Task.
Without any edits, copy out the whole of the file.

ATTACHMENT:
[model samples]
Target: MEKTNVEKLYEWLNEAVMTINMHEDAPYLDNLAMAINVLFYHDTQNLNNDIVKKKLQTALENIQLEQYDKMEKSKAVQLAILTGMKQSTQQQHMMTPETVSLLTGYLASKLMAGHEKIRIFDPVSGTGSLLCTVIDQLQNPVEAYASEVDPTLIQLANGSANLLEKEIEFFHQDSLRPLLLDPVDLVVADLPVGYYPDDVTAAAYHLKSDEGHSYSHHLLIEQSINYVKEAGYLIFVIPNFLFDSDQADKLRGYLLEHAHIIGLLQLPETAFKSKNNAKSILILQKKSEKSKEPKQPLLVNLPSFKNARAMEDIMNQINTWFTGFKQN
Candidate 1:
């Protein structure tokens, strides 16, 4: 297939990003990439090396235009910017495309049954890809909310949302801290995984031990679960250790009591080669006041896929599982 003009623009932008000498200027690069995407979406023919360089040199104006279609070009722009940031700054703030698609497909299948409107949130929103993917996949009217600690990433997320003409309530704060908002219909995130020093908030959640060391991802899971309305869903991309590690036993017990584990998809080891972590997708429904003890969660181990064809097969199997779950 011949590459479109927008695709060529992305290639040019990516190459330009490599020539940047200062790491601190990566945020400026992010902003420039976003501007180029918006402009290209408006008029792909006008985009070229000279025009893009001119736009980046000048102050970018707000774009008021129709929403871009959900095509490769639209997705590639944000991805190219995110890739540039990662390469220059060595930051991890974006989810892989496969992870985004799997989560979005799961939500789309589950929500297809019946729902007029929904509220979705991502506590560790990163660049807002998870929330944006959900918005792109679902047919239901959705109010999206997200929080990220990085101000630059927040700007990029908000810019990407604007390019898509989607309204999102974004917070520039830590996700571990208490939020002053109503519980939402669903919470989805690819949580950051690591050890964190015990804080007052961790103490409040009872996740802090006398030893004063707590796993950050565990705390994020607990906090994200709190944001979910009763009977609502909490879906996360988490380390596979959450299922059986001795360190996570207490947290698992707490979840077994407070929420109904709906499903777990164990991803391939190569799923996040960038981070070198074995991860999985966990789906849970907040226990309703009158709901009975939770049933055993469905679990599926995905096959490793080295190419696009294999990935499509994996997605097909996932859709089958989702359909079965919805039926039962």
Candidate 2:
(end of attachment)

[model samples]
Target: MEKTNVEKLYEWLNEAVMTINMHEDAPYLDNLAMAINVLFYHDTQNLNNDIVKKKLQTALENIQLEQYDKMEKSKAVQLAILTGMKQSTQQQHMMTPETVSLLTGYLASKLMAGHEKIRIFDPVSGTGSLLCTVIDQLQNPVEAYASEVDPTLIQLANGSANLLEKEIEFFHQDSLRPLLLDPVDLVVADLPVGYYPDDVTAAAYHLKSDEGHSYSHHLLIEQSINYVKEAGYLIFVIPNFLFDSDQADKLRGYLLEHAHIIGLLQLPETAFKSKNNAKSILILQKKSEKSKEPKQPLLVNLPSFKNARAMEDIMNQINTWFTGFKQN
Candidate 1:
């Protein structure tokens, strides 16, 4: 297939990003990439090396235009910017495309049954890809909310949302801290995984031990679960250790009591080669006041896929599982 003009623009932008000498200027690069995407979406023919360089040199104006279609070009722009940031700054703030698609497909299948409107949130929103993917996949009217600690990433997320003409309530704060908002219909995130020093908030959640060391991802899971309305869903991309590690036993017990584990998809080891972590997708429904003890969660181990064809097969199997779950 011949590459479109927008695709060529992305290639040019990516190459330009490599020539940047200062790491601190990566945020400026992010902003420039976003501007180029918006402009290209408006008029792909006008985009070229000279025009893009001119736009980046000048102050970018707000774009008021129709929403871009959900095509490769639209997705590639944000991805190219995110890739540039990662390469220059060595930051991890974006989810892989496969992870985004799997989560979005799961939500789309589950929500297809019946729902007029929904509220979705991502506590560790990163660049807002998870929330944006959900918005792109679902047919239901959705109010999206997200929080990220990085101000630059927040700007990029908000810019990407604007390019898509989607309204999102974004917070520039830590996700571990208490939020002053109503519980939402669903919470989805690819949580950051690591050890964190015990804080007052961790103490409040009872996740802090006398030893004063707590796993950050565990705390994020607990906090994200709190944001979910009763009977609502909490879906996360988490380390596979959450299922059986001795360190996570207490947290698992707490979840077994407070929420109904709906499903777990164990991803391939190569799923996040960038981070070198074995991860999985966990789906849970907040226990309703009158709901009975939770049933055993469905679990599926995905096959490793080295190419696009294999990935499509994996997605097909996932859709089958989702359909079965919805039926039962």
Candidate 2: